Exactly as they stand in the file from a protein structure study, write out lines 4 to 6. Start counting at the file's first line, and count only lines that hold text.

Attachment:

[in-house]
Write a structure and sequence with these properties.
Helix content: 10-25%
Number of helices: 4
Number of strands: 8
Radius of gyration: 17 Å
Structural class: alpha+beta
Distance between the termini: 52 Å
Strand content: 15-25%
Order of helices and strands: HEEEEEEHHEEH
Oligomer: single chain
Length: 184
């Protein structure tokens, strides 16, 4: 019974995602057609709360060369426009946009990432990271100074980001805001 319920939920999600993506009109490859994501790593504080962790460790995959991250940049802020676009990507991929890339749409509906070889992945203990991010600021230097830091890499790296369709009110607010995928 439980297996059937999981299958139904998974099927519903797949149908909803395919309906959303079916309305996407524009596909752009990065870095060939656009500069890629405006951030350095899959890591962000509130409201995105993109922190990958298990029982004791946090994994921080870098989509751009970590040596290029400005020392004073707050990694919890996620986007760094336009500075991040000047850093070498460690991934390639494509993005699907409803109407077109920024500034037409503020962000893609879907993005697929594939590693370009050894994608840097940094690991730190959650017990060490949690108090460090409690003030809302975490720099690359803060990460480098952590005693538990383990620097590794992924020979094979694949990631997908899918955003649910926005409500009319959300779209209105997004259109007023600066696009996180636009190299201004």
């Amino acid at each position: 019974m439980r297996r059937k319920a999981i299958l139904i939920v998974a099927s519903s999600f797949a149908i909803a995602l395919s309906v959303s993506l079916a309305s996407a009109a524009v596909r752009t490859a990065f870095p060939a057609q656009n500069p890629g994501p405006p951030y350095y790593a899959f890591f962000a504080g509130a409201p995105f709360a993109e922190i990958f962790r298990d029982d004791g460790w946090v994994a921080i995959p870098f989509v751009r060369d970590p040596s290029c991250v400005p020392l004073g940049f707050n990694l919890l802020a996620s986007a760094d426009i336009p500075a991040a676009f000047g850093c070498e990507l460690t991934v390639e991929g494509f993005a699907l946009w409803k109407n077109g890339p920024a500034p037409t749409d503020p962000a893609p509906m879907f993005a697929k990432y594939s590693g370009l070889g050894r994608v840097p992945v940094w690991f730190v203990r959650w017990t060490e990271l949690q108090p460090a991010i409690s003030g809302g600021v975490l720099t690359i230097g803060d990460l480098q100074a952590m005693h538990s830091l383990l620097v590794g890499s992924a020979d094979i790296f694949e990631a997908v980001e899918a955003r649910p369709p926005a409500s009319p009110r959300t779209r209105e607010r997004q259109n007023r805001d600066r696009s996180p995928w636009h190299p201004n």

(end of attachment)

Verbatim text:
Number of helices: 4
Number of strands: 8
Radius of gyration: 17 Å